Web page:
For most people living in America, July 4th brings to mind that day back in 1776 when the 13 colonies officially declared themselves independent of Great Britain, thus creating the United States of America as a distinct, sovereign nation.
But for about 75 years, citizens of Vicksburg didn’t have the heart to celebrate Independence Day, or regard the day as anything to celebrate at all, because of the events of July 4, 1863.
What happened that day?
The year 1863 was a pivotal one during the Civil War. The war had been going on for two years, far longer than some optimists had initially thought it would last. The summer of 1863 saw the momentum of the war shift decidedly in favor of the North.
Union General U.S. Grant set his sights on Vicksburg in the spring of 1863 because if he could control this port town, he could cut off the Confederacy’s access to the Mississippi River. Grant launched his siege on Vicksburg in May and for two months the city remained under siege. On July 4, one day after the Confederacy’s well-known defeat at Gettysburg, Vicksburg finally fell to the Union.
Though the war dragged on for another two years, the Confederacy was crippled afterwards. Though the Confederates would win isolated battles, they would never again have any sort of real momentum.
Perhaps this explains why citizens of Vicksburg for many years weren’t in a celebratory mood on July 4. Civil War historians rank the Battle of Vicksburg as one of the most strategically significant in the entire war, and certainly the most important battle fought in the Magnolia State.
Though the Union eventually prevailed over the Confederacy, one could say that in a sense, both sides lost. According to the World Book Encyclopedia, about 620,000 soldiers died during the Civil War, more often the result of disease than of gunfire, “almost as many as the combined American dead of all other wars from the Revolutionary War through the Vietnam War."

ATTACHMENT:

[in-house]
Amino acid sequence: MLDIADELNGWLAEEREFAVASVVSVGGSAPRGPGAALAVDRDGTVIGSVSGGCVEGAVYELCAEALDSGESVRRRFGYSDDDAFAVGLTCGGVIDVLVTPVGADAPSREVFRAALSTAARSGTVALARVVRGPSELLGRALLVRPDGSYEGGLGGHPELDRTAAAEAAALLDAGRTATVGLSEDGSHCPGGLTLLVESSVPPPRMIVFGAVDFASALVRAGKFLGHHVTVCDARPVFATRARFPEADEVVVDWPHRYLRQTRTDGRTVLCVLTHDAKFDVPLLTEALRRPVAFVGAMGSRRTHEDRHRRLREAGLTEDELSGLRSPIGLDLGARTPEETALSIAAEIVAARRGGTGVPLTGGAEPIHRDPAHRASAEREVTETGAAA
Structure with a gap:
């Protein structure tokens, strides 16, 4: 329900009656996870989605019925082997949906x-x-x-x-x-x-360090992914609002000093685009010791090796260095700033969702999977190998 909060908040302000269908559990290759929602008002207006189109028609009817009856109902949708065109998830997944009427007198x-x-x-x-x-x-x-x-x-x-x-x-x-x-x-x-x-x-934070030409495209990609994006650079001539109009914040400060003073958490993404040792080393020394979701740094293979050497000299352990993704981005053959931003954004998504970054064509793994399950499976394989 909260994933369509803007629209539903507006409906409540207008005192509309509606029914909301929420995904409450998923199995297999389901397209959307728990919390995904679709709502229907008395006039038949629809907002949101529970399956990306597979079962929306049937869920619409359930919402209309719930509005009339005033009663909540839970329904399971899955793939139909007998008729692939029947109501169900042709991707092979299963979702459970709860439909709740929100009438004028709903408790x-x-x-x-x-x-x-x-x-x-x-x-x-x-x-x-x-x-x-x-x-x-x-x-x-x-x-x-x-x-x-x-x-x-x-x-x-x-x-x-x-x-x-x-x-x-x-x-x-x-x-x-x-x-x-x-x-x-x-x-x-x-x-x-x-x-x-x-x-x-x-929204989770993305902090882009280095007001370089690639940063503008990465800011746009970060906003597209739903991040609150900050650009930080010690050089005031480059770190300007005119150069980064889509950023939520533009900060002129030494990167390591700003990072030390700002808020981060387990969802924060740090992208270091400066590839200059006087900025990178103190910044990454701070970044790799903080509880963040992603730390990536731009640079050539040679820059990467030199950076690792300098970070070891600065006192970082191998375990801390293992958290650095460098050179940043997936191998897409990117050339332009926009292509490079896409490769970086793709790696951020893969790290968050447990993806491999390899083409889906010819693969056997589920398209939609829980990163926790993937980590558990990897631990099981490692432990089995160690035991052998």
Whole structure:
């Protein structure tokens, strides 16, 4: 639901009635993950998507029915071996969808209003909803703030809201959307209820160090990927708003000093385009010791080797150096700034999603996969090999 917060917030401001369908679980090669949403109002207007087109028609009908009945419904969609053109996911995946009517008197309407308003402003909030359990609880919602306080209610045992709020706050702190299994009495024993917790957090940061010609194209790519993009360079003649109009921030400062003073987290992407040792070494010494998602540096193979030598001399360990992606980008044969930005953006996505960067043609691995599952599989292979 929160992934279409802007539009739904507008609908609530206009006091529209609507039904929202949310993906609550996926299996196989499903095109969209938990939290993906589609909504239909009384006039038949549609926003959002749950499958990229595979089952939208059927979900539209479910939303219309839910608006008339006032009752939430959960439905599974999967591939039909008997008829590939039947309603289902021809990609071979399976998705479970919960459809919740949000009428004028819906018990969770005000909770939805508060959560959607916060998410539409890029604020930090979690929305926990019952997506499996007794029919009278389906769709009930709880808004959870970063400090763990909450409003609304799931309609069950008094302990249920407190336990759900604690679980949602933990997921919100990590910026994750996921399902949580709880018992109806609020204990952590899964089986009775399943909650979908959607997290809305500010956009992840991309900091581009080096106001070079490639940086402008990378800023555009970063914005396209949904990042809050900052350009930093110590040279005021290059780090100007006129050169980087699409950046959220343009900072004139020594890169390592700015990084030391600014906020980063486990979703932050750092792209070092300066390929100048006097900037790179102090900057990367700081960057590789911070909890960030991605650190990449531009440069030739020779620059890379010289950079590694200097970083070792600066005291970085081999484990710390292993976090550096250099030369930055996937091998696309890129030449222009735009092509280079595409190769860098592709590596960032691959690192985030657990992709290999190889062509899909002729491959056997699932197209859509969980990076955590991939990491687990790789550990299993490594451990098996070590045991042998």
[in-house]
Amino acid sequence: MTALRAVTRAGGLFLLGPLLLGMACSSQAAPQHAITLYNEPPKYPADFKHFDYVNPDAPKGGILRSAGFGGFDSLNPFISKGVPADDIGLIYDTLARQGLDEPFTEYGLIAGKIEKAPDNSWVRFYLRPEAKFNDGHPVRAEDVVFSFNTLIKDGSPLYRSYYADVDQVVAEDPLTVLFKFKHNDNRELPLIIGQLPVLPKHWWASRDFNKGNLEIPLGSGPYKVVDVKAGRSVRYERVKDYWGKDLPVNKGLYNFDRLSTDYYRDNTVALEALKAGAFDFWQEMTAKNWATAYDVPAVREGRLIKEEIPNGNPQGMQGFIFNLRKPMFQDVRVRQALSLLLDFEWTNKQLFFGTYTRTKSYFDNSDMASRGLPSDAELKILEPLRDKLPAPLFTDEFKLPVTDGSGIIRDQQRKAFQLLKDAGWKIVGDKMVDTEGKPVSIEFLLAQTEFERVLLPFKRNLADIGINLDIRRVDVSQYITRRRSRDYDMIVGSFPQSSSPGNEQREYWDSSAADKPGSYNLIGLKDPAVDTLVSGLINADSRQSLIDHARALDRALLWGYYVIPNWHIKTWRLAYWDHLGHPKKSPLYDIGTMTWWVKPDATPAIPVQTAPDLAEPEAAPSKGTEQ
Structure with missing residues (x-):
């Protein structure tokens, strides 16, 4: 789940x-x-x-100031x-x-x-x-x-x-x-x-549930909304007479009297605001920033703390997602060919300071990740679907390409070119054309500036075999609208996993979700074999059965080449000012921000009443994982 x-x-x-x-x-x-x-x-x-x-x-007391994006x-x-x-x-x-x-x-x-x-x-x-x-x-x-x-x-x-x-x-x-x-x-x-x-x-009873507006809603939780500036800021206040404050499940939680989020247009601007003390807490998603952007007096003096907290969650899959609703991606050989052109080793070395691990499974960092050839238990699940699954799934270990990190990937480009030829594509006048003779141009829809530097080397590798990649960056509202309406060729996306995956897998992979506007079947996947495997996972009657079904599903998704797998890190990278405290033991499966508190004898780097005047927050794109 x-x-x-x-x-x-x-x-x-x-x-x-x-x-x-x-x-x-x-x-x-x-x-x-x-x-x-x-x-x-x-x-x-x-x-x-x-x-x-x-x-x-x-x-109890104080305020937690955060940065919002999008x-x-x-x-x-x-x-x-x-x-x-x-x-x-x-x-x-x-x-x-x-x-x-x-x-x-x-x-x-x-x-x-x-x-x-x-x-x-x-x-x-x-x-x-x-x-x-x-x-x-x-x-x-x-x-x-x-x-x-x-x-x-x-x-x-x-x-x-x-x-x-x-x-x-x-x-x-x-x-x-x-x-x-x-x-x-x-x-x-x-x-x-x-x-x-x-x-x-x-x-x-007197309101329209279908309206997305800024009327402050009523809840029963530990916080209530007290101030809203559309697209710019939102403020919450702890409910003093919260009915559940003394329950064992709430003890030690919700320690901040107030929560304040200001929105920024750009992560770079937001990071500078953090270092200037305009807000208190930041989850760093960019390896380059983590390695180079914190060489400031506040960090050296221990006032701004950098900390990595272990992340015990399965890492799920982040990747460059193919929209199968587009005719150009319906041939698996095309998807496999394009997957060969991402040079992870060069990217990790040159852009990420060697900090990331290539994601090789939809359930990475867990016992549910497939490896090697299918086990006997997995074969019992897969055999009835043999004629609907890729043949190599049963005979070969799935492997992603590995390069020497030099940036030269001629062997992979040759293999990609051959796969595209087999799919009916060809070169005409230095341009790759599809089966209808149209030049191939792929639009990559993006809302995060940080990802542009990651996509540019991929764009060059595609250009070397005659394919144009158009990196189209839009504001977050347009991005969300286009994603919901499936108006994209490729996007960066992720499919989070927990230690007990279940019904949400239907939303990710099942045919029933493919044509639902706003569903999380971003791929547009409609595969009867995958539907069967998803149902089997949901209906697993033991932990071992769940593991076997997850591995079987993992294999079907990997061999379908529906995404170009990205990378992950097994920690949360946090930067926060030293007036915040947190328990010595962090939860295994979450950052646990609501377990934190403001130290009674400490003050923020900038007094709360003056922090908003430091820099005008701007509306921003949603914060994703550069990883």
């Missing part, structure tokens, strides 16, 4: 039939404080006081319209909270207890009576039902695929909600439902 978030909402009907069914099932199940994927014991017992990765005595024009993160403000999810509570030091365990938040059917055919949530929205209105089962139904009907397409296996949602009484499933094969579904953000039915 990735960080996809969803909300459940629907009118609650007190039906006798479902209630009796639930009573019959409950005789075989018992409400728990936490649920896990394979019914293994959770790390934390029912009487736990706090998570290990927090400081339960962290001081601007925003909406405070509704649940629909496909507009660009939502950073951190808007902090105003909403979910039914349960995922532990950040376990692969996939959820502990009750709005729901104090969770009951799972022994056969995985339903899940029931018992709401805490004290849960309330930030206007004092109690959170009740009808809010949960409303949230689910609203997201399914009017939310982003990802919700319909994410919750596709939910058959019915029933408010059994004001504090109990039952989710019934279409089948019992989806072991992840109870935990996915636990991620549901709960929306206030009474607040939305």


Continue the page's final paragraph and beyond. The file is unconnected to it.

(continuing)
Union casualties were about 360,000, while Confederate casualties were about 260,000. Though more Union soldiers died over all, the Encyclopedia says that, percentage wise, about 1/3 of Confederate soldiers died, while about 1/6 of Union soldiers died.
The Civil War very nearly put an end to the United States of America. Good things, however, did come about in the war’s aftermath. The 13th amendment, prohibiting slavery, was ratified in 1865, followed soon after by the 14th and 15th amendments, which bestowed citizenship rights and voting rights on African-Americans.
If you have never visited the Civil War park in Vicksburg, it is well worth the trip. It is a wealth of information for anyone wanting to expand his or her knowledge of the war that forever changed the United States. It brings to life and puts in perspective the harrowing fight that fellow Americans waged against each other at a very bleak time in American history.